The U.S. Federal Bureau of Investigation is stepping up its fight against online fraud with a new initiative called Operation Identity Shield, according to a senior FBI official.
The project, which is already in operation, is one of a growing number of collaborations between the FBI and the technology industry. “It’s sort of an evolution of what we’ve seen in the phishing area,” said Daniel Larkin, chief of the FBI’s Internet Complaint Center, speaking at the Black Hat USA conference in Las Vegas on Wednesday.
The FBI’s antiphishing effort, called Digital PhishNet, was launched in late 2004 with backing from companies like Microsoft Corp., America Online Inc., and VeriSign Inc., as well as the U.S. Secret Service and the U.S. Postal Inspection Service.
The FBI plans to publicize Operation Identity Shield in the coming months, but already Larkin credits the effort as contributing to a number of arrests.
Concerns over identity theft are on the rise. The U.S. Department of Justice (DOJ) estimates that about 3.6 million families — about 3 percent of all U.S. households — were hit with some sort of identity theft during the first half of 2004. This crime costs the U.S. an estimated US$6.4 billion per year, according to the DOJ.
The FBI realized in the late 1990s that the only way to fight cybercrime was through public-private sector alliances like Operation Identity Shield, but it’s taken time to build trust between the two sectors, Larkin said.
By dedicating an agent to working with Carnegie Mellon University’s Computer Emergency Response Team (CERT) and signing a memorandum of understanding to make it clear that the FBI would protect sensitive information, the two organizations eventually built a fruitful partnership.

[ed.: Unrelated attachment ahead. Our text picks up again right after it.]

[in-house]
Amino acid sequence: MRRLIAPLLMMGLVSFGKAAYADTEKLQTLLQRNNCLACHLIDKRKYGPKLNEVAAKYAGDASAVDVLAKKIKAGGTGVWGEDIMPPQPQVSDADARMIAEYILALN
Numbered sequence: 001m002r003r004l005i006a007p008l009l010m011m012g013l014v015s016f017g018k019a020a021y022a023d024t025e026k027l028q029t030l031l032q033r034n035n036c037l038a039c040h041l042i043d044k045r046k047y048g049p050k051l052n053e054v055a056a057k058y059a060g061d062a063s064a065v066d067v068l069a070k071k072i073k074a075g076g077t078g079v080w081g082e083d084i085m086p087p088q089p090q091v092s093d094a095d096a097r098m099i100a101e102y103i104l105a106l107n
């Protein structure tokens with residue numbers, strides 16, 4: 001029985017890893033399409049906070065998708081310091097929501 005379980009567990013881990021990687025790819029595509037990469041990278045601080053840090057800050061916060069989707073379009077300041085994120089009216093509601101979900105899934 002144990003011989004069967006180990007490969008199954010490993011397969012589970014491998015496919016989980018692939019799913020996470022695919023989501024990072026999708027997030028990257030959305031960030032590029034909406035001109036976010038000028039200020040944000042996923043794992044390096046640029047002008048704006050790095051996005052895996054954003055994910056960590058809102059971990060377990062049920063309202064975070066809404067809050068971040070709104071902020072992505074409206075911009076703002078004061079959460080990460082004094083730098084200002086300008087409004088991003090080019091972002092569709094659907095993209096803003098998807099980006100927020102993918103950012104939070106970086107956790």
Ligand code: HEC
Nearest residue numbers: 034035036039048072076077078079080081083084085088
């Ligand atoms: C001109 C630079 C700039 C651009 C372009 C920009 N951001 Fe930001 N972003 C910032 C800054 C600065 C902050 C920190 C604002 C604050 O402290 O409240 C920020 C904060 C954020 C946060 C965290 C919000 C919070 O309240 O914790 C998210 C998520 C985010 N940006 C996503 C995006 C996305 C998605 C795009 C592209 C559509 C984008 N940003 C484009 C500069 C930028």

After the attacks on the World Trade Center and Pentagon in 2001, CERT helped the FBI identify a virus in the e-mail account of one of the 19 terrorists associated with the attacks. “We were able to reconstruct that virus and where it came from and develop some really valuable information,” Larkin said.
That success led to a big change in the way the FBI tackled cybercrime, Larkin said. “We redefined what a task force was. We decided that we had to form public-private alliances.”
Soon, the FBI was forging new partnerships, like the SLAM-Spam initiative, which has identified about 100 criminal spammers since its inception. Another effort, called Operation Releaf (Retailers & Law Enforcement Against Fraud), has cracked down on “re-shipper” scammers who use stolen credit card information to have U.S. goods shipped to West Africa and Russia.